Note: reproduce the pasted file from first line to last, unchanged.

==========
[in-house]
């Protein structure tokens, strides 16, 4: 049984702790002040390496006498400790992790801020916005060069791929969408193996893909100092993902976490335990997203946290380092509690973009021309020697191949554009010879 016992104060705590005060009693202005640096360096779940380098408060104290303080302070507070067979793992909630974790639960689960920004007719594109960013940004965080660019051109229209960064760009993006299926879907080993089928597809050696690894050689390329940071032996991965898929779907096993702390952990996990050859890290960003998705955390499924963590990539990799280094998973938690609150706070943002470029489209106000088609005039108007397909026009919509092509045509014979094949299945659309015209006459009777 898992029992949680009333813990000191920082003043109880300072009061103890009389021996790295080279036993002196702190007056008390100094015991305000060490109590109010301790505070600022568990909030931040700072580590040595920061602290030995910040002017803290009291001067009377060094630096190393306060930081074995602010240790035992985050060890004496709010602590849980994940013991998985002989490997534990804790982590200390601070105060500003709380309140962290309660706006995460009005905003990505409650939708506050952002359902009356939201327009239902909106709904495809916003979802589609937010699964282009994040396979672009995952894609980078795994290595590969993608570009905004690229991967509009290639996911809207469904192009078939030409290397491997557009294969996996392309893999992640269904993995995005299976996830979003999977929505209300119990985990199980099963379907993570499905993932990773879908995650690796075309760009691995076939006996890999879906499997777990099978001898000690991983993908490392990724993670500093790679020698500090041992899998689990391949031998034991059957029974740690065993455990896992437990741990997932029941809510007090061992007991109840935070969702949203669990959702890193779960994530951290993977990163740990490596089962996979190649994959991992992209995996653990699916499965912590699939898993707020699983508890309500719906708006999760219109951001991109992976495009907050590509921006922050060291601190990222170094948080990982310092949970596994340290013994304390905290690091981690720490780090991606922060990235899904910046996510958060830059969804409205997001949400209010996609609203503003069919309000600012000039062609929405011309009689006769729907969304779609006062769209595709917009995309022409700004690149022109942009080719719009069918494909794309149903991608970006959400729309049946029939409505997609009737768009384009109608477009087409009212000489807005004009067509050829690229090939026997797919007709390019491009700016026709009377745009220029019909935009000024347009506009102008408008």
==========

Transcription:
[in-house]
């Protein structure tokens, strides 16, 4: 049984702790002040390496006498400790992790801020916005060069791929969408193996893909100092993902976490335990997203946290380092509690973009021309020697191949554009010879 016992104060705590005060009693202005640096360096779940380098408060104290303080302070507070067979793992909630974790639960689960920004007719594109960013940004965080660019051109229209960064760009993006299926879907080993089928597809050696690894050689390329940071032996991965898929779907096993702390952990996990050859890290960003998705955390499924963590990539990799280094998973938690609150706070943002470029489209106000088609005039108007397909026009919509092509045509014979094949299945659309015209006459009777 898992029992949680009333813990000191920082003043109880300072009061103890009389021996790295080279036993002196702190007056008390100094015991305000060490109590109010301790505070600022568990909030931040700072580590040595920061602290030995910040002017803290009291001067009377060094630096190393306060930081074995602010240790035992985050060890004496709010602590849980994940013991998985002989490997534990804790982590200390601070105060500003709380309140962290309660706006995460009005905003990505409650939708506050952002359902009356939201327009239902909106709904495809916003979802589609937010699964282009994040396979672009995952894609980078795994290595590969993608570009905004690229991967509009290639996911809207469904192009078939030409290397491997557009294969996996392309893999992640269904993995995005299976996830979003999977929505209300119990985990199980099963379907993570499905993932990773879908995650690796075309760009691995076939006996890999879906499997777990099978001898000690991983993908490392990724993670500093790679020698500090041992899998689990391949031998034991059957029974740690065993455990896992437990741990997932029941809510007090061992007991109840935070969702949203669990959702890193779960994530951290993977990163740990490596089962996979190649994959991992992209995996653990699916499965912590699939898993707020699983508890309500719906708006999760219109951001991109992976495009907050590509921006922050060291601190990222170094948080990982310092949970596994340290013994304390905290690091981690720490780090991606922060990235899904910046996510958060830059969804409205997001949400209010996609609203503003069919309000600012000039062609929405011309009689006769729907969304779609006062769209595709917009995309022409700004690149022109942009080719719009069918494909794309149903991608970006959400729309049946029939409505997609009737768009384009109608477009087409009212000489807005004009067509050829690229090939026997797919007709390019491009700016026709009377745009220029019909935009000024347009506009102008408008």